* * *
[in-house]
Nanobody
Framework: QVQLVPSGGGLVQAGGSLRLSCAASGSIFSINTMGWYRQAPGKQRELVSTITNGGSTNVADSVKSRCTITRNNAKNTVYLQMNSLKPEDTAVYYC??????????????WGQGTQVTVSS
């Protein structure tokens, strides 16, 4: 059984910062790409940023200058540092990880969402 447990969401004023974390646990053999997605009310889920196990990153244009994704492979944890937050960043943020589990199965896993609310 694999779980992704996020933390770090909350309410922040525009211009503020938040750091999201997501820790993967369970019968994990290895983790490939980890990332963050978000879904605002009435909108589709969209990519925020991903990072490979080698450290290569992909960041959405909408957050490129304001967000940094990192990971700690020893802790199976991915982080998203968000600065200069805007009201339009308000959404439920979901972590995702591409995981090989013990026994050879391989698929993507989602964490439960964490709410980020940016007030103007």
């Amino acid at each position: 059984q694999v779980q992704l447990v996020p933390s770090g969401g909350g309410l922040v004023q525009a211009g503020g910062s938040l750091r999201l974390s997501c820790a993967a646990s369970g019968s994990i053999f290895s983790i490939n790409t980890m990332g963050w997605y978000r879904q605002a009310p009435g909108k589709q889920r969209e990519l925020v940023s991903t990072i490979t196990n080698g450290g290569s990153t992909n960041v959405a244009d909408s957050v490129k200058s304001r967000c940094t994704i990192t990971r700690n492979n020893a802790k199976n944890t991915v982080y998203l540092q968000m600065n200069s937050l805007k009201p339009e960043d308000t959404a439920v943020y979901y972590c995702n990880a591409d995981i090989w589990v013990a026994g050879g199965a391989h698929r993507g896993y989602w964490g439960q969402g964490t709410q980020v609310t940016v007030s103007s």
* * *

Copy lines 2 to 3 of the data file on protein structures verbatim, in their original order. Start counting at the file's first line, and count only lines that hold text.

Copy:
Nanobody
Framework: QVQLVPSGGGLVQAGGSLRLSCAASGSIFSINTMGWYRQAPGKQRELVSTITNGGSTNVADSVKSRCTITRNNAKNTVYLQMNSLKPEDTAVYYC??????????????WGQGTQVTVSS